The presidential race is now in full swing, and we didn’t even have to wait for the party conventions that normally denote the start of the official race. Then again, I don’t think anyone is really surprised the race would be between President Barack Obama and Governor Mitt Romney. Obama is the unchallenged incumbent, and Romney has been begging for this opportunity ever since he lost to John McCain in 2008. The differences between the two candidates are startling.
The president will desperately do anything to prevent voters from scrutinizing his true record that includes a broken economy and skyrocketing debt. He may be a master politician, but his management skills score badly, particularly in the area of leadership. Thus far, he has offered no proposals for correcting Social Security, Medicare/Medicaid, the budget deficit, protecting our borders, or for providing any direction for the country to follow other than deeper into debt. He stands at the helm of a bloated bureaucratic government that is becoming more invasive in our lives and discourages business. He certainly cannot admonish the country to “Stay the course” as all of the economic indicators point to disaster. What Obama lacks in governing skills, he makes up for as a demagogue obsessed with his ideological view of America. Instead of looking for ways to negotiate a respectable budget or broker changes to the debt ceiling, he wallows in polarized politics at the country’s expense.
This election is certainly not about race or the 1% (even though the left would have you think otherwise); it’s about failed policies and leadership. Ask yourself: what are the priorities of the country? What is our direction? Is it space? Energy independence? Becoming fiscally responsible? Instead, he fabricates catch phrases such as “paying fair share of taxes,” an expression aimed at dividing the classes. He also wants to move towards Green energy and allow spending and entitlements to go unabated. He is quick to accuse the Republicans of playing politics with the nation’s economy but feigns innocence of any political wrongdoing himself. Is this being hypocritical, or is it just an example of sleight of hand? The country is now more divided than when he was inaugurated.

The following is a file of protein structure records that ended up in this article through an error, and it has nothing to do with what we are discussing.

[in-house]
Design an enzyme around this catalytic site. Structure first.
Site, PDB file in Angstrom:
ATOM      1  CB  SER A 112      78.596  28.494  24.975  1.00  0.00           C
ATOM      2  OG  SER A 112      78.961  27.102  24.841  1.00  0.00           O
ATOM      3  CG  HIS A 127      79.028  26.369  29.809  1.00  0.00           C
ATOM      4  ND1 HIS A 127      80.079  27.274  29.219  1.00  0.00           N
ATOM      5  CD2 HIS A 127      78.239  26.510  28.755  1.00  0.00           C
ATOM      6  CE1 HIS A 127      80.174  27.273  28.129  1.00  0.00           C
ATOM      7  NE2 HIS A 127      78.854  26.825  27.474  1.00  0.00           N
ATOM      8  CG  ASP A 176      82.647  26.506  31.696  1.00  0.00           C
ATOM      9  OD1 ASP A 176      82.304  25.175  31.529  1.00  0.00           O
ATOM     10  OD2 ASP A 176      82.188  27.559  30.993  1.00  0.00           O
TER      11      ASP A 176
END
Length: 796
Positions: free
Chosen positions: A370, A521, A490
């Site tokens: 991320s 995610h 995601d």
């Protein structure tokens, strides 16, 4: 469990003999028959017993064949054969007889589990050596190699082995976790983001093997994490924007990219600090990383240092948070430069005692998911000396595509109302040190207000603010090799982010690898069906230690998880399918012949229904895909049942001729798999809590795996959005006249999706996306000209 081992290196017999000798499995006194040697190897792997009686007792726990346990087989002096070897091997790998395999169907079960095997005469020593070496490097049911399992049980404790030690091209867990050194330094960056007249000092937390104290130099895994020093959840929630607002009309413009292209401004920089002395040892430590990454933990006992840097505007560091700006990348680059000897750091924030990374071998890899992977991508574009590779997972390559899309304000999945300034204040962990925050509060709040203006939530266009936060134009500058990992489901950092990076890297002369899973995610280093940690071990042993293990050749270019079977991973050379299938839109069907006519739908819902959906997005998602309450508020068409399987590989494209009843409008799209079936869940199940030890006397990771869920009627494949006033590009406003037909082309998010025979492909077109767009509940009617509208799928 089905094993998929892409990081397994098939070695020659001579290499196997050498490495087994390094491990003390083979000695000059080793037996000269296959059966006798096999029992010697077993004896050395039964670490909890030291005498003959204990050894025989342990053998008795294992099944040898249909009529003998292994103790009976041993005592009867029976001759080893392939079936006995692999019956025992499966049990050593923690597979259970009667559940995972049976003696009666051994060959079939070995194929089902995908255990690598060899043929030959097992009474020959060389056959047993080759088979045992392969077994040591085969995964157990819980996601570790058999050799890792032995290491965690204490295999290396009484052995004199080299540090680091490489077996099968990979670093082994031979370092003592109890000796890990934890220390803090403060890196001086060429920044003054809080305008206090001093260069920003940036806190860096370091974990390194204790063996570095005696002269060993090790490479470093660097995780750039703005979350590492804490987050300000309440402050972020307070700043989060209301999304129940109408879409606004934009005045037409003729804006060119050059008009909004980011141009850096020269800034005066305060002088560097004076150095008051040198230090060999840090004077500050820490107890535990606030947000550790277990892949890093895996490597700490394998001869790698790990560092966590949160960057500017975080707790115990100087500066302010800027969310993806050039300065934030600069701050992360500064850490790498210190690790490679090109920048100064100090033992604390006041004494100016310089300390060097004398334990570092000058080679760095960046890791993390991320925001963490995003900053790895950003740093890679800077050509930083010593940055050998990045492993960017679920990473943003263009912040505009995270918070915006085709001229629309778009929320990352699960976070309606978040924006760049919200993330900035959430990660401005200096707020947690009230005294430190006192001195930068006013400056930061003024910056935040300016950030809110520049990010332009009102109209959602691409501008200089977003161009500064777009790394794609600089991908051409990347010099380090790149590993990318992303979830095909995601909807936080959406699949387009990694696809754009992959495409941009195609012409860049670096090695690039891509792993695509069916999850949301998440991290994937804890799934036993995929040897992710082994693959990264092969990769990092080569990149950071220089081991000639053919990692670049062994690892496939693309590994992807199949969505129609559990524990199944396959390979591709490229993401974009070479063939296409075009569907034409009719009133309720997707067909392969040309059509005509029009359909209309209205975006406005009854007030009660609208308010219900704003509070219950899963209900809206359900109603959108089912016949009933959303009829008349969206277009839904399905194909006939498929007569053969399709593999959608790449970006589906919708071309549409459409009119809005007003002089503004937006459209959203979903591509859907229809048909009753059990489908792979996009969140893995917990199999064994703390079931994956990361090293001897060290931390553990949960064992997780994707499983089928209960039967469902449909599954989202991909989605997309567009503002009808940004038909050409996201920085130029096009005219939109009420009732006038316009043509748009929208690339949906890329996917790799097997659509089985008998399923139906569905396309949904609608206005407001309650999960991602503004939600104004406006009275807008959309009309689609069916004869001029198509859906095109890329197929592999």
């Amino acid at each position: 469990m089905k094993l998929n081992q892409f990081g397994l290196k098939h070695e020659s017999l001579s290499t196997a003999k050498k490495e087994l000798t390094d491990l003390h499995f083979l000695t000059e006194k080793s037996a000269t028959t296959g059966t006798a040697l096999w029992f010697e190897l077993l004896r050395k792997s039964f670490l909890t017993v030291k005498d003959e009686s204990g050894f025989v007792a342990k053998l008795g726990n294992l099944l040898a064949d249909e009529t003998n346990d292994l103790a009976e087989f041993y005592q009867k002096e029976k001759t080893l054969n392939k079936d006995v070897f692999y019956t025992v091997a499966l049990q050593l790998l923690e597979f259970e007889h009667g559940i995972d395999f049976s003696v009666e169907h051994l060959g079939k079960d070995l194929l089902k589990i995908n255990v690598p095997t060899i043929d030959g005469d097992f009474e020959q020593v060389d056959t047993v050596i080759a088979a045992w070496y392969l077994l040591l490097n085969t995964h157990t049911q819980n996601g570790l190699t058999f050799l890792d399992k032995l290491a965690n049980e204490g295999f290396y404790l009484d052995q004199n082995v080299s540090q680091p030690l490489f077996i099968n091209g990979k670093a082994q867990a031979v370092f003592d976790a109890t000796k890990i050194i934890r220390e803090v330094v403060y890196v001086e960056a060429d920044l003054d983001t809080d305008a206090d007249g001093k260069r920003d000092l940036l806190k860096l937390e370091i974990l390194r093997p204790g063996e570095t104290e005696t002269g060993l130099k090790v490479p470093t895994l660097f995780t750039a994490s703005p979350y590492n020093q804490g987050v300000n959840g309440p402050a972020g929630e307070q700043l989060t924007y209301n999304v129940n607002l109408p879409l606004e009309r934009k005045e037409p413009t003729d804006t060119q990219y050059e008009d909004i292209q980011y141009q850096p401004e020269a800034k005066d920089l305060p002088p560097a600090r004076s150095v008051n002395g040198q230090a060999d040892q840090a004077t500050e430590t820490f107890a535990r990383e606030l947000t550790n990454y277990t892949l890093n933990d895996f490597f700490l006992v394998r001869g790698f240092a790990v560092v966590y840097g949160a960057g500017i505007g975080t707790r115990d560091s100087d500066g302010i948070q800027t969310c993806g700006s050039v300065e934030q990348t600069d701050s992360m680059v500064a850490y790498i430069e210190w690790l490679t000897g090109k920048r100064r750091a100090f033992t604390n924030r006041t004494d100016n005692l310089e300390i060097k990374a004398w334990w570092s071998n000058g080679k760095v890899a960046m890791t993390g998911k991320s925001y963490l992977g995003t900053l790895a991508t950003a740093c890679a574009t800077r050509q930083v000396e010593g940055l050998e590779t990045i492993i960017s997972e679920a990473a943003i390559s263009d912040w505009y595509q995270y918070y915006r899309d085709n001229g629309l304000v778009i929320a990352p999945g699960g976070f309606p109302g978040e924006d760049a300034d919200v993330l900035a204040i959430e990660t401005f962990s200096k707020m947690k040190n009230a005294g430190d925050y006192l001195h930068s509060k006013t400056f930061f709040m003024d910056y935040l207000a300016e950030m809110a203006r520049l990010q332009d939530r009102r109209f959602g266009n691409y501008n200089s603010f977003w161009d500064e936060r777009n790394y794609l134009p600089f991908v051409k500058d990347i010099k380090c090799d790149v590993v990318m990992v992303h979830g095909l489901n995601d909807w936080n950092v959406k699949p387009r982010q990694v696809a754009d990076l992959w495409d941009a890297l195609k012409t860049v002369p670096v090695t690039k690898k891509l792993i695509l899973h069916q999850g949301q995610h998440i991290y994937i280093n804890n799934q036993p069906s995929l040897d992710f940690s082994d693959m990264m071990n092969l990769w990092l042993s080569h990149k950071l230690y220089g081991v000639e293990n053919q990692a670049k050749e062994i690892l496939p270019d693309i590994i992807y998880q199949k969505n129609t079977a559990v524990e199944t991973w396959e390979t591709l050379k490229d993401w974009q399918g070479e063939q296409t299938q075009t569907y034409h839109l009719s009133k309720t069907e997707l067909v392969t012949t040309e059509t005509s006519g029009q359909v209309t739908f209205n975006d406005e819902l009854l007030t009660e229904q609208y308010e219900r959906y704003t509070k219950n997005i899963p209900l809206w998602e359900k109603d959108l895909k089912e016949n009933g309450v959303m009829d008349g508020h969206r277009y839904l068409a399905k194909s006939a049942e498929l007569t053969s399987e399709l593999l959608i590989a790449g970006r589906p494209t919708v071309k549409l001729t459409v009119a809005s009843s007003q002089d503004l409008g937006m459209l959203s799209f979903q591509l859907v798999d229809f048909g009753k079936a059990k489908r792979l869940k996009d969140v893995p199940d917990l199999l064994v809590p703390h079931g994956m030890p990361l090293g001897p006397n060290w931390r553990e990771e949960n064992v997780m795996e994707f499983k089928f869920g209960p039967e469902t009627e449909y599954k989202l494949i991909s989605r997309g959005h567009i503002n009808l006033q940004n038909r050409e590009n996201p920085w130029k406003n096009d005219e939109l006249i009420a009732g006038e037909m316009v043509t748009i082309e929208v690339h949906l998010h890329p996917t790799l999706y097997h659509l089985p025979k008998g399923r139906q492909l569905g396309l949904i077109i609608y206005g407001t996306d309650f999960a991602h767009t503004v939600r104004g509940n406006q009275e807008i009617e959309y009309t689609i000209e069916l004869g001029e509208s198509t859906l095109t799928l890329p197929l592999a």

I find it rather ironic that President Obama, who desperately wants to be compared to Ronald Reagan, is primarily responsible for transforming Mitt Romney into the next Reagan. Originally considered a moderate, Romney is being pushed to the right by Obama’s election campaign, where he is being portrayed as a right-wing zealot. The vicious GOP primaries galvanized Romney and made him a more polished politician who is now more than ready to withstand the slings and arrows the president will undoubtedly throw at him. Now, as the Republican contender, he is beginning to act and sound more like Ronald Reagan. For example, consider his acceptance speech on April 24, 2012:
“We believe in America. We believe in ourselves. Our greatest days are still ahead. We are, after all, Americans!”
And now compare it to Reagan who said:
“America’s best days are yet to come. Our proudest moments are yet to be. Our most glorious achievements are just ahead.”
Both quotations are positive, uplifting, and optimistic. Romney is obviously taking a page from the Reagan playbook.
Frankly, Romney was not my first choice in the GOP primaries, but I am now gravitating towards him. I have heard people complain about Romney being a Mormon, and as such, they cannot vote for him based on religious grounds. Such people have to be reminded that this election is about the economy, unemployment, energy independence, and maintaining our mantle as the leader of the free world. It is certainly not about being a Mormon; it is about our survival.
As part of his program on class warfare, the President wants people to resent Romney’s success as a businessman. Under no condition should Romney apologize. After all, as we live in the land of opportunity, Romney experienced the American dream. What would be the alternative; electing a failure? I don’t think so.
After studying all the facts, I cannot imagine an intelligent person voting for Obama. They either have a distorted interpretation of reality, or they have sipped his “Kool Aid.”
I’ve been thinking long and hard about Obama’s legacy when he is voted out of office in November. He will not be remembered for rebuilding the economy, Obamacare, or “hope and change” in uniting the country. Instead, I believe he will best be remembered as the element that reignited the conservative movement in this country. It wasn’t Romney who lit the fire; it was the president who ignited our passions and taught the country to ever be diligent and never take elections for granted again. For this, we should be grateful to him for teaching us this valuable lesson, regardless of how painful it was for us to learn. Whereas he liked to portray former President George W. Bush as the poster child for failure, Obama’s legacy will be as the worst president in our history.
Keep the Faith!
Photo credit: Cain and Todd Benson (Creative Commons)
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